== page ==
Another intriguing discovery hidden in the woods beside Nant-y-Moch.
I have been unable to find much about the history of this mine, which was nevertheless a productive one in it's early days. It is thought to have been opened before 1750, and worked in conjunction with the Hafan mine, slightly uphill and to the west. Work here continued until 1892. In it's latter years, it was sold to Sir John Molyneux, a Lancashire man with deep pockets. He was the moving force behind the Plumlumon and Hafan tramway, which passed less than half a mile by the mine.
There is some speculation that the two mines were joined underground- some leading lights in the contemporary mine exploration field have had dicussions about the possibility and it is true that a survey taken in the adit here seems to show that the heading is correct. Unfortunately, the drive ends in a collapse, so we shall never know.
I quote Roy Fellows' article on the mine:
"The geological survey seems to suggest that the two mines do connect but without saying so in so many words. It describes the Henfwlch Adit as “draining the principal or Hafan shaft to a depth of 24 fathoms. About 83 fathoms further west the Bog shaft is drained by the same adit”. Plotting the course of the adit on the OS map puts the collapse at my dig to correspond with the shaft on top of the hill adjacent to the quarry (NGR SN735882). This must be the principal shaft referred to by the British Geological Survey. Plotting the rest of the adit on the map takes one to a point only about 80 metres from the head of the Hafan incline, where the Hafan workings start. To add to the controversy, David Bick describes Hafan Deep Adit as being driven for 250 fathoms (500 yards)! This would most certainly take it below the horizon of the Henfwlch workings." (1)
One probable development is that the Henfwlch shaft below the Cwm Owen quarry close to Hafan might have been used for removing material.
An amusing snippet that has emerged, from the book on the tramway by E. A. Wade, is that communication between Hafan and Henfwlch was by carrier pigeon!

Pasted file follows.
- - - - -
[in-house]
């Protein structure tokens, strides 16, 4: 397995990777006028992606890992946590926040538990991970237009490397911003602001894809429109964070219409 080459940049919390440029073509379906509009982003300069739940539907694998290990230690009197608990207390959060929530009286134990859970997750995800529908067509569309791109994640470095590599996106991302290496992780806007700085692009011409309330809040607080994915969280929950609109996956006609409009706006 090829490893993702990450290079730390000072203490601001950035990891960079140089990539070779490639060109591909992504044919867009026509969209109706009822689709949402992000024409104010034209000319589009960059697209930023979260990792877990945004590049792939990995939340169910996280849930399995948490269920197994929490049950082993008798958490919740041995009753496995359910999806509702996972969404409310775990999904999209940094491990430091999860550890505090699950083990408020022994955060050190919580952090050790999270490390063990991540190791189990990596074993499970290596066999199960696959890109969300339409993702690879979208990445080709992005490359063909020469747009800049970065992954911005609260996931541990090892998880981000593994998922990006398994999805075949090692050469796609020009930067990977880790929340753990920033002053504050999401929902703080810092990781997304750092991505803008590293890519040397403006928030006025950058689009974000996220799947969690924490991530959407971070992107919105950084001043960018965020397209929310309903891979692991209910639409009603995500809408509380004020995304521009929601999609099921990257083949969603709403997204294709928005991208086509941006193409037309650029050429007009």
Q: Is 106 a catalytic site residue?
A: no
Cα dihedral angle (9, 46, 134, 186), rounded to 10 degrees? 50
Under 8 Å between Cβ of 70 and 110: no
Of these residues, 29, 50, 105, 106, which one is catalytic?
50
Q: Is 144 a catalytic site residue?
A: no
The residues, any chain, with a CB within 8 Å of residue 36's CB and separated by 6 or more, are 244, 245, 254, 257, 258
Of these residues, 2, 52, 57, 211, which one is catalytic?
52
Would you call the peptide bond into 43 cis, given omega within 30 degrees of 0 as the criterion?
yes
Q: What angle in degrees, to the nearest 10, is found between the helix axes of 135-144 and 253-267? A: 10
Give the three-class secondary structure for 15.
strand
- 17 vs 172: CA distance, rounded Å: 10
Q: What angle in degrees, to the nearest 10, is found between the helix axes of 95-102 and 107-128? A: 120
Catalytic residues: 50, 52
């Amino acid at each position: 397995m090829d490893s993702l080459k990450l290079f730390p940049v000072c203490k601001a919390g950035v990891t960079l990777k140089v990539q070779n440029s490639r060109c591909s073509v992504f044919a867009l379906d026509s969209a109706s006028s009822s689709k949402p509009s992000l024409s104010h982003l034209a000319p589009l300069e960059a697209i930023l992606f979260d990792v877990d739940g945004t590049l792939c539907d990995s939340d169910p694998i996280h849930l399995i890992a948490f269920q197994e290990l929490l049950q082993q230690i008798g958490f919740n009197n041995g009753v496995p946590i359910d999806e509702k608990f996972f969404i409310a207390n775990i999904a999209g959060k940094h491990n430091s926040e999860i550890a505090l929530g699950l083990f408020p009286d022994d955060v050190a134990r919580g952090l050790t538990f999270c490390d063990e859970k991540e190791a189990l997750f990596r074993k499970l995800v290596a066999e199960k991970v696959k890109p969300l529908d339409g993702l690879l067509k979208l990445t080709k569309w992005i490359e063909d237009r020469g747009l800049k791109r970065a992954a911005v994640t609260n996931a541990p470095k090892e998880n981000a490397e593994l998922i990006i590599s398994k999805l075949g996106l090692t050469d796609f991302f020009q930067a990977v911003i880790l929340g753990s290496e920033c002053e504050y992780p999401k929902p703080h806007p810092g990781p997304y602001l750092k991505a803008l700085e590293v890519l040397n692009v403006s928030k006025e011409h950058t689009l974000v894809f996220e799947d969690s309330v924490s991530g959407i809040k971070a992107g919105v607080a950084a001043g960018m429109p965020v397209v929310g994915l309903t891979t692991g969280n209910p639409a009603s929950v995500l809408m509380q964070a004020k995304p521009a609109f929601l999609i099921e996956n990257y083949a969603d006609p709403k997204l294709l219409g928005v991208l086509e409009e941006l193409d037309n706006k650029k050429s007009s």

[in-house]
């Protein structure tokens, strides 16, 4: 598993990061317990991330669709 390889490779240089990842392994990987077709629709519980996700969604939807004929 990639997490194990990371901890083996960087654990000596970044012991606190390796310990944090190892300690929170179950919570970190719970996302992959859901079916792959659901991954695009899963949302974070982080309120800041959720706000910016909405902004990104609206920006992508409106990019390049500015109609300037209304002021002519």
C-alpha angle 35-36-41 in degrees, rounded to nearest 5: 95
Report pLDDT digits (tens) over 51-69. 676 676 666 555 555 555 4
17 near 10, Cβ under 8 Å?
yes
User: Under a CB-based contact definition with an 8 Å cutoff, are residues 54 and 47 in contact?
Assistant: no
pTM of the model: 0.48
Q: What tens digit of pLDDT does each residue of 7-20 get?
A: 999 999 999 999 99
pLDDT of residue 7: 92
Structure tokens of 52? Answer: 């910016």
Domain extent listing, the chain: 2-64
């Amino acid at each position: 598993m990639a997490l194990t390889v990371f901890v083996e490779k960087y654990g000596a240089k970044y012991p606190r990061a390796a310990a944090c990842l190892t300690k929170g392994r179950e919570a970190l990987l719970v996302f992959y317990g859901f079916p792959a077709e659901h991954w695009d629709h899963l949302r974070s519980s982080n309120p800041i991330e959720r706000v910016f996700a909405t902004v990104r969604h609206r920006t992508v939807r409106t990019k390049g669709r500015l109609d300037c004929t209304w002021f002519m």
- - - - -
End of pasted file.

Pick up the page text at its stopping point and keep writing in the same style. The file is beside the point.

Most of the mine's output was before the legal requirements to state volumes of ore raised came into force, so the official figures of 623 tons of lead and 25 tons of copper are probably well short of the mark.
The site has been given the forestry treatment, but the general layout can be divined with the aid of the OS six inch map of 1888. The lower adits have been tipped over by later work. The most attractive thing about the site are the ruins of two hearths and chimneys, possibly all that remains of the barracks and office.
Where the rest of the huts ran can be imagined by rows of concrete supports on the ground. I imagine these were typical mine structures, made of wood and corrugated iron.
Near the road, the remains of a trackway runs above the verge for some way, possibly a remnant from the early days, before the tramway above was built. A quarter of a mile away to the north, at the side of the reservoir there was a chapel (Capel Tabor) and a house called "Spain", but there is no trace of either, sadly.
A site well worth a visit to soak in the atmosphere and wonder what things were like here in the late 1600s...no conifers, for sure. I get the feeling that the area was quite busy with several mines open and busy, a chapel and some farms. Oh, for a time machine.
(1) Roy Fellows is a respected mine explorer and conservator, being responsible for the setting up of a trust to conserve the Cwmystwyth Mines and keep the access open.
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